CSCI 373 Artificial Intelligence

Professor:Andrea Danyluk
email:andrea "at" cs "dot" williams "dot" edu
phone: x2178
Office:TCL 305
Office Hours:If my door is open, you're welcome to drop by. Scheduled hours Mon 1-3pm, Tue 1-2pm, Wed 11am-noon,, and by appointment.
Lectures:MWF 9:00-9:50, TCL 206
Lab:TCL 312

Course Description

Computer Science 373 is an introduction to Artificial Intelligence (AI). Artificial Intelligence is a concept that has been pondered by many, from computer scientists to philosophers to novelists and screenwriters. While many popular notions of AI can trace their roots back to the vision of the field's pioneers, the popular view of AI doesn't begin to touch the surface of this rich discipline.

Many familiar concepts in computer science have emerged (either directly or indirectly) from research in AI. Compilers, timesharing, and the object-oriented programming paradigm can all trace roots back to the early days of AI. More recently, the field of AI has expanded considerably to include topics that don't necessarily mimic human thought and behavior, but instead go beyond it. Robots now explore areas that humans can't reach; cars drive themselves without needing coffee to keep them awake; and data-mining algorithms find patterns in terabytes of data that no human could possibly analyze.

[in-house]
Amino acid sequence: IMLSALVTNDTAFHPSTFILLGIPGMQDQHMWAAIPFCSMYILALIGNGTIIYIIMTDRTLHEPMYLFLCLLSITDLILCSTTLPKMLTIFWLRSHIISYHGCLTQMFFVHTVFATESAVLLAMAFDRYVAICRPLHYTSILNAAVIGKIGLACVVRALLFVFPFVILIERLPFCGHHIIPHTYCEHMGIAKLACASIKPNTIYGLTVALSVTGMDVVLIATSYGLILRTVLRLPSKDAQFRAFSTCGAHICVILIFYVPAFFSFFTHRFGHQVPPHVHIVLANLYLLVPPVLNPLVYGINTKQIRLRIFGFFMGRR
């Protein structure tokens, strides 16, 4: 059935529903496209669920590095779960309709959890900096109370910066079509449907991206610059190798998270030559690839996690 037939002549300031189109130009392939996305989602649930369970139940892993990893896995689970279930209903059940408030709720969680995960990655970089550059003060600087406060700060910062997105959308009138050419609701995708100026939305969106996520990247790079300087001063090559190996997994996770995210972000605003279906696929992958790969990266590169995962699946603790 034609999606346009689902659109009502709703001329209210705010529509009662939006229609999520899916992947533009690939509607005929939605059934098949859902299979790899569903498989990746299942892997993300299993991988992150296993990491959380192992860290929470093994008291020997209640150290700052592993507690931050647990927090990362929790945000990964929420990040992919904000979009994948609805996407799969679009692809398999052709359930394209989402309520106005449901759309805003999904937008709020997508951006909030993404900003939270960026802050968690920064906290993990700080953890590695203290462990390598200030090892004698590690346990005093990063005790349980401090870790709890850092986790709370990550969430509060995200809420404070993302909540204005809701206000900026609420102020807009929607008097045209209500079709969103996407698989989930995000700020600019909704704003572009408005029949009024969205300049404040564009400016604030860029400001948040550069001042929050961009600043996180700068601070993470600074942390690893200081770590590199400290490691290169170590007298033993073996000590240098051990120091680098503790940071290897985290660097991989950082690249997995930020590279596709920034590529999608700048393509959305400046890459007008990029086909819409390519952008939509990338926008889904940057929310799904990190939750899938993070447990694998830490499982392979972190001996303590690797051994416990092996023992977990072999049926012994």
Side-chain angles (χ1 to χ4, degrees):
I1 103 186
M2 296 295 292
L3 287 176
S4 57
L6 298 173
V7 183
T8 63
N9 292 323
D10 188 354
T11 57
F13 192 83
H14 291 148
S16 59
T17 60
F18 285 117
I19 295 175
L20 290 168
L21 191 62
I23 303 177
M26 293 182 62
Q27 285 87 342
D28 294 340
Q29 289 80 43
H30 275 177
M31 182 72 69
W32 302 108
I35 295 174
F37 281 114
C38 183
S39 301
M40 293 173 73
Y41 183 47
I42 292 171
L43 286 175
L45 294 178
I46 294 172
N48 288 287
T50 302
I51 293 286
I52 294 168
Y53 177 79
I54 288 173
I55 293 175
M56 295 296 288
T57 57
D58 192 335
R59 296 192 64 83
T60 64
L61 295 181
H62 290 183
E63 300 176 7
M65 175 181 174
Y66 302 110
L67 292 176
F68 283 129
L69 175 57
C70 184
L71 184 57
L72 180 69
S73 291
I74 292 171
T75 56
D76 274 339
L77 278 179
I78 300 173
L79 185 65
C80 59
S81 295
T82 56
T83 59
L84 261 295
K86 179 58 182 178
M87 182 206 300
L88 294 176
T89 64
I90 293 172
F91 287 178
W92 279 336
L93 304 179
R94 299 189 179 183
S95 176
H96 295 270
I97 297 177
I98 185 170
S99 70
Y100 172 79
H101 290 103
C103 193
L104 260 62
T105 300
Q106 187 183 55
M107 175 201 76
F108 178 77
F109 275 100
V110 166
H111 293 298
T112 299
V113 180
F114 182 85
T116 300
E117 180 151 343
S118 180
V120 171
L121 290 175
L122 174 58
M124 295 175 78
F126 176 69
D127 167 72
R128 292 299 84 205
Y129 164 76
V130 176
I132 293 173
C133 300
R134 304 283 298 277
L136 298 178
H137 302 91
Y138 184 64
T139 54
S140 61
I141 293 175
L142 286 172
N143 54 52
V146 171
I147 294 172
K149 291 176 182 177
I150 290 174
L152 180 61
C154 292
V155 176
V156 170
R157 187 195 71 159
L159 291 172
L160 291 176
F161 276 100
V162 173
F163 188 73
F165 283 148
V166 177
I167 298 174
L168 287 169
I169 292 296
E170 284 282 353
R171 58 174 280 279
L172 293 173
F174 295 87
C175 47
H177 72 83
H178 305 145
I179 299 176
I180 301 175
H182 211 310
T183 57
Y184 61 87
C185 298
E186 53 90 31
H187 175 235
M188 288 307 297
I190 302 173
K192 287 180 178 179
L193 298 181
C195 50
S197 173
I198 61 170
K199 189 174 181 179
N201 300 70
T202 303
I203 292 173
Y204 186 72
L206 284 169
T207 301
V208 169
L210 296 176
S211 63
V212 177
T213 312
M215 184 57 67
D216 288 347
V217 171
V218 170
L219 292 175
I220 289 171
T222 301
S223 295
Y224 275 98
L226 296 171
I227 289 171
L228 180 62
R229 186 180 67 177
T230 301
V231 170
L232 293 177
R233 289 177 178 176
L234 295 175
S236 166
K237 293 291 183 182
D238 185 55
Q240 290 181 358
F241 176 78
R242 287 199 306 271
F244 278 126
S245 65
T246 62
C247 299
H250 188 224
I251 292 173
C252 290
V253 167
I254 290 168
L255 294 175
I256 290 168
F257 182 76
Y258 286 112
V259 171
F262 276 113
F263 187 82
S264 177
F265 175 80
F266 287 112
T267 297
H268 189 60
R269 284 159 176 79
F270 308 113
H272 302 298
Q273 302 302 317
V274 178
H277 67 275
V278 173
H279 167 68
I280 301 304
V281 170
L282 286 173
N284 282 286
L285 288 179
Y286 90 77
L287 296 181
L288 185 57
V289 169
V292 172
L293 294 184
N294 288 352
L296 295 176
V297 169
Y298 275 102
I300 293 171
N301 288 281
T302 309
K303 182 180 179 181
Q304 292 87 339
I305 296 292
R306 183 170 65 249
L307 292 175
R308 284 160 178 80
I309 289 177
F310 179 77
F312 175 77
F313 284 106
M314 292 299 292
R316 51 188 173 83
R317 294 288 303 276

There are far too many topics within AI to consider all of them in twelve weeks. Indeed, each topic is rich enough to be a course on its own. We will devote most of the semester to the study of core AI topics: problem solving and search, probabilistic reasoning, and learning. In the remainder of the course we will touch on a selection of related topics, primarily focusing on current research in the field (e.g., deep learning, new results in complex games). We will also spend some time discussing questions around intelligence (what is it? how can we measure it?), as well as the ethics of building and deploying intelligent agents.

During the final quarter of the semester, you will have the opportunity to explore in depth a topic of your choice. The exploration will take the form of an extended project - from investigation of relevant literature to the development of a large software system, which you will present to your classmates.

In order to help prepare you for the project, I will have you complete five programming assignments. There will be no final exam. Instead, there will be a take-home exam in March.


The following is a list of lecture topics to be covered along with the relevant readings. All readings are from Russell and Norvig, unless indicated otherwise. The Sutton and Barto readings are quite consistent over the two book editions. Notation has changed, as has the formatting of some examples, but the content of those specific chapters and sections is essentially the same.